1 teaspoon sea salt
1 teaspoon black pepper
1/2 teaspoon garlic powder
1/2 teaspoon onion powder

Chamomile Tea bag Brine:
4 tablespoons kosher salt
2 tablespoons brown sugar
3 cloves garlic
1 handful fresh thyme
1 bay leaf
4 chamomile tea bags

For the brine: Add salt, brown sugar, garlic, thyme, bay leaf, tea bags and 2 quarts water to a large
sauce pot. Bring to a boil, then remove from heat and let cool completely.
Add your protein, let sit at room temperature for 1 hour or refrigerated for up to 1 day.
Cook accordingly and enjoy!  

Tea Hack: Sometimes our shoes get a bit stinky, but you can use dry teabags to absorb the smell.

Coffee Hack: Freeze leftover Joe in ice cube trays for future iced creations. Add spice or flavorings like cinnamon or nutmeg before freezing for extra zing. Add a few cubes to your next cup of java to create iced coffee that isn’t watered down

April – National Month of Hope

April is NATIONAL MONTH OF HOPE

Spring is a time of renewal, restoration and hope. Recharging and restoring our hope. “During April, buds come into full bloom brightening our days, and National Month of Hope also lends a hand in lifting our spirits.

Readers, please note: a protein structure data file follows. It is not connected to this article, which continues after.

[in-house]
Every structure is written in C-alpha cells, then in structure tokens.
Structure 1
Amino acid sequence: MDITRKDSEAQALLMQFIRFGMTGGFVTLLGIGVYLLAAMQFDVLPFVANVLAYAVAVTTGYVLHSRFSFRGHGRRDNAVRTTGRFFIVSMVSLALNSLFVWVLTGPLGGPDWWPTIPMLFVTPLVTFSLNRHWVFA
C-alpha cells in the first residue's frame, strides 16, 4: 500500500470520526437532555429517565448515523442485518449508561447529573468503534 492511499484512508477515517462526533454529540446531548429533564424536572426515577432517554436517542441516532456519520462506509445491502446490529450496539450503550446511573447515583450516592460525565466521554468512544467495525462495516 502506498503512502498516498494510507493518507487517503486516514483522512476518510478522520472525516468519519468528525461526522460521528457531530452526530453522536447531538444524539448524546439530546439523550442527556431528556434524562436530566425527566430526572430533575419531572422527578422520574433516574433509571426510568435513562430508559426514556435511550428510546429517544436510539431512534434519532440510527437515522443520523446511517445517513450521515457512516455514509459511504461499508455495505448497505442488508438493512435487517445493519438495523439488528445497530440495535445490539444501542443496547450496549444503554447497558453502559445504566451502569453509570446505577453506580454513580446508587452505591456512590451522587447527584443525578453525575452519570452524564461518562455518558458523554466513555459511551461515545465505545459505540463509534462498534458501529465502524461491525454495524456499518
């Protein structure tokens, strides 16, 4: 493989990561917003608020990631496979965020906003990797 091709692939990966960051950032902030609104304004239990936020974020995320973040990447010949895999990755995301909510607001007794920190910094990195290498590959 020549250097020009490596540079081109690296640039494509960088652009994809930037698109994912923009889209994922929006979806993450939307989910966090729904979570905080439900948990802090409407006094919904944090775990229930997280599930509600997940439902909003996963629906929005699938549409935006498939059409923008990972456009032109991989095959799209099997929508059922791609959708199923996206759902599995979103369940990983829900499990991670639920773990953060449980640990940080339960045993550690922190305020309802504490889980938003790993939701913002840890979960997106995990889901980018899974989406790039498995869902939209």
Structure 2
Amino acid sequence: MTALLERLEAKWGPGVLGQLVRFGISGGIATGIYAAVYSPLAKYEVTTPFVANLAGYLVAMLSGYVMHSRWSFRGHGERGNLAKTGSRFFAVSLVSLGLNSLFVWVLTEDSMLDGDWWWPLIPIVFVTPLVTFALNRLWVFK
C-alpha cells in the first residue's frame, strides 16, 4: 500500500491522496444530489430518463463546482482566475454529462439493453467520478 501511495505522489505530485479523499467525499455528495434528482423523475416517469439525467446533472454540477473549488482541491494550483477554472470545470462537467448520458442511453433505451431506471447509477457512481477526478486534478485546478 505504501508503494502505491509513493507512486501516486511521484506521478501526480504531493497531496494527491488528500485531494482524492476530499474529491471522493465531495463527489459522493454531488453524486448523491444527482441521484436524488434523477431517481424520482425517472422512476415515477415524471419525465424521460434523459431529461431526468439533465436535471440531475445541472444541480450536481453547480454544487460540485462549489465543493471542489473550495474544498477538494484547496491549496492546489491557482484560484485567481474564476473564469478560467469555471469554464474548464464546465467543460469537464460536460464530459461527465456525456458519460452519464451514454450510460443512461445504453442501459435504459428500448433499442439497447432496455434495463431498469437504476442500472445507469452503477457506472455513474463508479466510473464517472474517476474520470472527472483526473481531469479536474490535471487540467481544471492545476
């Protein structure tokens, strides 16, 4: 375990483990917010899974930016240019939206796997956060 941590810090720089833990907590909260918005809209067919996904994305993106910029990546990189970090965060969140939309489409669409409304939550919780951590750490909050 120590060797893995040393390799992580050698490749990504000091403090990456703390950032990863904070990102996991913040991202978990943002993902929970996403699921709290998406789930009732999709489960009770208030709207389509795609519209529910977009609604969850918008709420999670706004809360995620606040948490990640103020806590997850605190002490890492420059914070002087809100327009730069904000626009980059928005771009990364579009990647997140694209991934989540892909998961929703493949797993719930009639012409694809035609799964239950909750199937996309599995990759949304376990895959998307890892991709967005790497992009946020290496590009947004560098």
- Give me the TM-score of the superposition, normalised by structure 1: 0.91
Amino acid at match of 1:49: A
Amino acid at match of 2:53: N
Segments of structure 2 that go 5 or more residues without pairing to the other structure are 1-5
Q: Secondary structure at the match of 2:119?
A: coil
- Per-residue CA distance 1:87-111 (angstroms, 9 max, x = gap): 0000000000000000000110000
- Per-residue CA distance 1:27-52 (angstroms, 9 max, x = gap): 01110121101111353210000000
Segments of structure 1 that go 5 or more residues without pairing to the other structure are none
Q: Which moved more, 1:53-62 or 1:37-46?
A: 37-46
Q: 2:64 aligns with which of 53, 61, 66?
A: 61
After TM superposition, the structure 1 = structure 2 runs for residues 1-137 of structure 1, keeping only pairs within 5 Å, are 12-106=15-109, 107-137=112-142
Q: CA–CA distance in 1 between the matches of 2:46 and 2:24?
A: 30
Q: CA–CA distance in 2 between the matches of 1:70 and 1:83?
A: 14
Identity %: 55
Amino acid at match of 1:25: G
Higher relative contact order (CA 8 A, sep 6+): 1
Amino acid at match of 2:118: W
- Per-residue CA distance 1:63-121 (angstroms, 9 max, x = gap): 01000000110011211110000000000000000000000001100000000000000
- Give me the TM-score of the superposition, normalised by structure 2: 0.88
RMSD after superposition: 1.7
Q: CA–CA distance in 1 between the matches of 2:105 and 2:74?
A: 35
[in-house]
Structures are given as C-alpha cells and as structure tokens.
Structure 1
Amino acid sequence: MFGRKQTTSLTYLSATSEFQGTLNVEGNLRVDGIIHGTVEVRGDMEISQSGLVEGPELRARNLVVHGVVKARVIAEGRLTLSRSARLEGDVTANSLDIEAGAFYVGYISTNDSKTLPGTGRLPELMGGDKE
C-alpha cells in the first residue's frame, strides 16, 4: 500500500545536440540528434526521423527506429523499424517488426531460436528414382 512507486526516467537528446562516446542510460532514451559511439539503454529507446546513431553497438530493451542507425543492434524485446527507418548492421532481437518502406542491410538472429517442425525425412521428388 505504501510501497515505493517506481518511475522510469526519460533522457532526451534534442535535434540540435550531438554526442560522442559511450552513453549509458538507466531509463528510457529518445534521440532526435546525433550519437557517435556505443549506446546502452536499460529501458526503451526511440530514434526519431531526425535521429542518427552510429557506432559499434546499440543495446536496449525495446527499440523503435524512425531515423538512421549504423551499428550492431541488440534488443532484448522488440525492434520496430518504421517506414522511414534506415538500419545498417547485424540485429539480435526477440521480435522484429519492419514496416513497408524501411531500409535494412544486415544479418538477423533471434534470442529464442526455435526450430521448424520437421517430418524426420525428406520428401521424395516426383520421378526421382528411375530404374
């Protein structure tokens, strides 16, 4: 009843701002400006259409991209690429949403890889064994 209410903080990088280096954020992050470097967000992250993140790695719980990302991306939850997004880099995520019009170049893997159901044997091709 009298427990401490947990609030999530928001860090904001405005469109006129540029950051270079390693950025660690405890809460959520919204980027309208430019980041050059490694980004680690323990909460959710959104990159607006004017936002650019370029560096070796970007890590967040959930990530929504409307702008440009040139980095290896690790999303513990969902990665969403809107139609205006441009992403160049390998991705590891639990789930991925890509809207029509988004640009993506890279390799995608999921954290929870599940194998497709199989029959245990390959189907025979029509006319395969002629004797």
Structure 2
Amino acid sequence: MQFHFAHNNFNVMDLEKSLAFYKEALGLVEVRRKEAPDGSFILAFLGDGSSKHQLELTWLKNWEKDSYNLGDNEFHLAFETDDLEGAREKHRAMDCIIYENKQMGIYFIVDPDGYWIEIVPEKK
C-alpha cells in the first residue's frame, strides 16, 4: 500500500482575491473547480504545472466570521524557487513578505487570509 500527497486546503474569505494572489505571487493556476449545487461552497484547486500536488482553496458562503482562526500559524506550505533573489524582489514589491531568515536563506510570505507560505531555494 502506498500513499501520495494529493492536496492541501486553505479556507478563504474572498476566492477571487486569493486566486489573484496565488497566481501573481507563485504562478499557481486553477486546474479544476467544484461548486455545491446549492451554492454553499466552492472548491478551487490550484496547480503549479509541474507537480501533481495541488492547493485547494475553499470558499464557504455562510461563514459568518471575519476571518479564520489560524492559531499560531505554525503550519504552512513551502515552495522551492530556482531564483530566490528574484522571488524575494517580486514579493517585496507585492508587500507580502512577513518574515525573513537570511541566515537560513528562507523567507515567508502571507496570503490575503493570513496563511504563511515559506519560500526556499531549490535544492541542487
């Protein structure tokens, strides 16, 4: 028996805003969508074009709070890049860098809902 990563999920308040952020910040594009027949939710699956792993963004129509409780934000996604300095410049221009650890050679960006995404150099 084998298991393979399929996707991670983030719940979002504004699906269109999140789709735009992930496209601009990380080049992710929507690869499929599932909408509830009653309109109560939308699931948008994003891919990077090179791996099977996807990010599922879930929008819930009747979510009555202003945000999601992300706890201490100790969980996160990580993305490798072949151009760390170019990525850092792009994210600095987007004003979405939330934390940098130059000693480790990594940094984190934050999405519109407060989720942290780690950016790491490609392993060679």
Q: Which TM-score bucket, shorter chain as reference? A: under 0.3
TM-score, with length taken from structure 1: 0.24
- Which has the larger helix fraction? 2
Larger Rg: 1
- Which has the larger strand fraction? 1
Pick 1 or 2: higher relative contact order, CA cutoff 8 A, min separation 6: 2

Bringing hope to someone can take many forms. Being a positive role model in the life of a child or providing a community a foundation for future endeavors both provide hope for the future. Lift the spirits of a friend suffering from a medical issue or volunteer at a local homeless shelter. We are each able to bring a ray of hope in our own ways by contributing wisdom, time, kindness and when possible donate to charities that make the impossible possible.”

Service to others can bring happiness. So it’s hard to be sad when you’re being useful. Whether rappelling down a side of a building to raise funds for Leukemia research, contributing to non-profits like Hope Alliance out of Texas, a crisis center, or The Parkinsons’ Foundation in the hope that one day a cure will be found; or The Confetti Foundation, an org. that packs birthday’s in a box for children spending their birthday’s in the hospital. People everywhere are very helpful by nature and that helpfulness gives us all hope, hope that fills our hearts. A dear friend honors her departed mother each year by committing 71 Random Acts of Kindness on her mother’s birthday. She pays forward at parking meters, in the fast food restaurant line, she and her daughters pack bags of personal care items to distribute to homeless, take donuts to the local fire station, flowers to teachers, and so on throughout the day. They create smiles and spread hope of goodness in human nature.

Being useful and providing service to others is a good thing.

HISTORY